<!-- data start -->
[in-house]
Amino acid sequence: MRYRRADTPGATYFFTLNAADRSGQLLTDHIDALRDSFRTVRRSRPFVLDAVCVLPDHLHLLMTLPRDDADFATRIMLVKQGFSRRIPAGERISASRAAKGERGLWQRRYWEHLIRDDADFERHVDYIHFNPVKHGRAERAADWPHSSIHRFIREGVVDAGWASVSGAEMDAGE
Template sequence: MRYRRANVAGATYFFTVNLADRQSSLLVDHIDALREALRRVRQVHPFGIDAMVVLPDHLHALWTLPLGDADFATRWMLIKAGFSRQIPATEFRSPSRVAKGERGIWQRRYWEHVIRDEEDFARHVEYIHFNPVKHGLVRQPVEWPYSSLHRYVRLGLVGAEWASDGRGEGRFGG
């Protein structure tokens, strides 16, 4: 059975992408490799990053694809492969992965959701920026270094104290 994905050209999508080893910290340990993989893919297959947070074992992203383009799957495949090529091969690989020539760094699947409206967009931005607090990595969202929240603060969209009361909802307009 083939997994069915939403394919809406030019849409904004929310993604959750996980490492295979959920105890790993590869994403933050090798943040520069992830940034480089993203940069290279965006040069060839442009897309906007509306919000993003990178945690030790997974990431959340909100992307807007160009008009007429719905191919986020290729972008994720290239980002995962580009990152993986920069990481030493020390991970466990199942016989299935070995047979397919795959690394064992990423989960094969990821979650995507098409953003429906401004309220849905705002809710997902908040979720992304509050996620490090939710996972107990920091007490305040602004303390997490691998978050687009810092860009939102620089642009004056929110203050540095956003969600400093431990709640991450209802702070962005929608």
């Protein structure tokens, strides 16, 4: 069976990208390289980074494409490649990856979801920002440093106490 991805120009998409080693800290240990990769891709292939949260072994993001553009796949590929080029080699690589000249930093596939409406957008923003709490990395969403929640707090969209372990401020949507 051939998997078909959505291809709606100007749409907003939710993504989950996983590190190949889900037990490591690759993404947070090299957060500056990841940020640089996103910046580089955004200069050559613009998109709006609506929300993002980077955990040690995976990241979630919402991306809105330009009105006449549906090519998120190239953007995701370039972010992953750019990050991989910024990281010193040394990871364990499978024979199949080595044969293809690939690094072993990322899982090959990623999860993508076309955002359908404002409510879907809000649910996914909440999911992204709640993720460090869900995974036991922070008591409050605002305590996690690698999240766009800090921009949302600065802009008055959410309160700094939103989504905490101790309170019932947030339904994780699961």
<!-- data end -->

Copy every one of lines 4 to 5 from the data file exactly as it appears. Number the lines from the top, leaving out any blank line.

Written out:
């Protein structure tokens, strides 16, 4: 059975992408490799990053694809492969992965959701920026270094104290 994905050209999508080893910290340990993989893919297959947070074992992203383009799957495949090529091969690989020539760094699947409206967009931005607090990595969202929240603060969209009361909802307009 083939997994069915939403394919809406030019849409904004929310993604959750996980490492295979959920105890790993590869994403933050090798943040520069992830940034480089993203940069290279965006040069060839442009897309906007509306919000993003990178945690030790997974990431959340909100992307807007160009008009007429719905191919986020290729972008994720290239980002995962580009990152993986920069990481030493020390991970466990199942016989299935070995047979397919795959690394064992990423989960094969990821979650995507098409953003429906401004309220849905705002809710997902908040979720992304509050996620490090939710996972107990920091007490305040602004303390997490691998978050687009810092860009939102620089642009004056929110203050540095956003969600400093431990709640991450209802702070962005929608």
């Protein structure tokens, strides 16, 4: 069976990208390289980074494409490649990856979801920002440093106490 991805120009998409080693800290240990990769891709292939949260072994993001553009796949590929080029080699690589000249930093596939409406957008923003709490990395969403929640707090969209372990401020949507 051939998997078909959505291809709606100007749409907003939710993504989950996983590190190949889900037990490591690759993404947070090299957060500056990841940020640089996103910046580089955004200069050559613009998109709006609506929300993002980077955990040690995976990241979630919402991306809105330009009105006449549906090519998120190239953007995701370039972010992953750019990050991989910024990281010193040394990871364990499978024979199949080595044969293809690939690094072993990322899982090959990623999860993508076309955002359908404002409510879907809000649910996914909440999911992204709640993720460090869900995974036991922070008591409050605002305590996690690698999240766009800090921009949302600065802009008055959410309160700094939103989504905490101790309170019932947030339904994780699961």